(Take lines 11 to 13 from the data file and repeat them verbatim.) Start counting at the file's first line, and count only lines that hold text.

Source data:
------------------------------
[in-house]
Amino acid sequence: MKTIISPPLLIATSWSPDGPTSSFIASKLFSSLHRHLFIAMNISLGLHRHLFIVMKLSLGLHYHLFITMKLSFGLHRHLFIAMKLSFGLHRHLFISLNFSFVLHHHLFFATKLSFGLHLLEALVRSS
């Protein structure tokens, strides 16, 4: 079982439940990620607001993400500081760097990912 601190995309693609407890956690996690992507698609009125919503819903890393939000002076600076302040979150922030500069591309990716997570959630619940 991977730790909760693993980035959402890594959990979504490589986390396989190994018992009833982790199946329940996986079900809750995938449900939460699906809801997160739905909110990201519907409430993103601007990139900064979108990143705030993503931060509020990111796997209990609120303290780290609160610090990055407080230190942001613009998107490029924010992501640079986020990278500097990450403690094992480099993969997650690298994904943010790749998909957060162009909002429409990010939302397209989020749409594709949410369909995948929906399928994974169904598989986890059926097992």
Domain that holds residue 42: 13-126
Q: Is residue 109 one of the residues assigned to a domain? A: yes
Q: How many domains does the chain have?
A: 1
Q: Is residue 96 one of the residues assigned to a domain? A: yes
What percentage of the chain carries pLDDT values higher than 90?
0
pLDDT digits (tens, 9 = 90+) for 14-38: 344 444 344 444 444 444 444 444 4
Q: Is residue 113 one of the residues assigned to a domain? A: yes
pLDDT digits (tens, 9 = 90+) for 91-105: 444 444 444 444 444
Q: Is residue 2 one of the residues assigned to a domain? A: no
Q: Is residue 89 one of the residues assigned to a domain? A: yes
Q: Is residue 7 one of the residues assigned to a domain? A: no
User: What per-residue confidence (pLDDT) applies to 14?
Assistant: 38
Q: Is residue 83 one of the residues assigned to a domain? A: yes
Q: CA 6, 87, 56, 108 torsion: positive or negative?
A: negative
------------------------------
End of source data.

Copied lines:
pLDDT digits (tens, 9 = 90+) for 14-38: 344 444 344 444 444 444 444 444 4
Q: Is residue 113 one of the residues assigned to a domain? A: yes
pLDDT digits (tens, 9 = 90+) for 91-105: 444 444 444 444 444